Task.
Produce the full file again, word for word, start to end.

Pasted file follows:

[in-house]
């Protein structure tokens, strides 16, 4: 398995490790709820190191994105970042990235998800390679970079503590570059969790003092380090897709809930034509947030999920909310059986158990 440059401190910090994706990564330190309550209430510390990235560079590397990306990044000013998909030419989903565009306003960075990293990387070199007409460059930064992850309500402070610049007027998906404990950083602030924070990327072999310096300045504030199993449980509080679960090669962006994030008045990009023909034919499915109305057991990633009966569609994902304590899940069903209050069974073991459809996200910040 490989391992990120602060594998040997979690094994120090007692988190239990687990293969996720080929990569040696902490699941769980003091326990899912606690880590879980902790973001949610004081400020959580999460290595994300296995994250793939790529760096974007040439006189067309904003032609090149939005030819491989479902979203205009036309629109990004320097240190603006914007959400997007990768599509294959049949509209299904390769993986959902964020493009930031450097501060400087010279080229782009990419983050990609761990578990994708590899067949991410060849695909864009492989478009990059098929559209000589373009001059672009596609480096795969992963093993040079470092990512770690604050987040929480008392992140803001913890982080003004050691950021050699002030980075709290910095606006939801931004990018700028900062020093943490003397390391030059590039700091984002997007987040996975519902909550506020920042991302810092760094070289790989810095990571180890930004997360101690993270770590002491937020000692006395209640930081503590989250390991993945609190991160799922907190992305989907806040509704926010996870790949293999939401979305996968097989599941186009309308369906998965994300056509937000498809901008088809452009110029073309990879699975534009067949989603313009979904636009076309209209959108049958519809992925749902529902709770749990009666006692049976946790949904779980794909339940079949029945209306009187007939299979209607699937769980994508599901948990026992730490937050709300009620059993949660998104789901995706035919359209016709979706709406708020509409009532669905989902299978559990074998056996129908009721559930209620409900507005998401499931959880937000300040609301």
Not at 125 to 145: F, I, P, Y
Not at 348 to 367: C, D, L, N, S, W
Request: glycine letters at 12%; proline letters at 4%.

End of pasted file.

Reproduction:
[in-house]
């Protein structure tokens, strides 16, 4: 398995490790709820190191994105970042990235998800390679970079503590570059969790003092380090897709809930034509947030999920909310059986158990 440059401190910090994706990564330190309550209430510390990235560079590397990306990044000013998909030419989903565009306003960075990293990387070199007409460059930064992850309500402070610049007027998906404990950083602030924070990327072999310096300045504030199993449980509080679960090669962006994030008045990009023909034919499915109305057991990633009966569609994902304590899940069903209050069974073991459809996200910040 490989391992990120602060594998040997979690094994120090007692988190239990687990293969996720080929990569040696902490699941769980003091326990899912606690880590879980902790973001949610004081400020959580999460290595994300296995994250793939790529760096974007040439006189067309904003032609090149939005030819491989479902979203205009036309629109990004320097240190603006914007959400997007990768599509294959049949509209299904390769993986959902964020493009930031450097501060400087010279080229782009990419983050990609761990578990994708590899067949991410060849695909864009492989478009990059098929559209000589373009001059672009596609480096795969992963093993040079470092990512770690604050987040929480008392992140803001913890982080003004050691950021050699002030980075709290910095606006939801931004990018700028900062020093943490003397390391030059590039700091984002997007987040996975519902909550506020920042991302810092760094070289790989810095990571180890930004997360101690993270770590002491937020000692006395209640930081503590989250390991993945609190991160799922907190992305989907806040509704926010996870790949293999939401979305996968097989599941186009309308369906998965994300056509937000498809901008088809452009110029073309990879699975534009067949989603313009979904636009076309209209959108049958519809992925749902529902709770749990009666006692049976946790949904779980794909339940079949029945209306009187007939299979209607699937769980994508599901948990026992730490937050709300009620059993949660998104789901995706035919359209016709979706709406708020509409009532669905989902299978559990074998056996129908009721559930209620409900507005998401499931959880937000300040609301």
Not at 125 to 145: F, I, P, Y
Not at 348 to 367: C, D, L, N, S, W
Request: glycine letters at 12%; proline letters at 4%.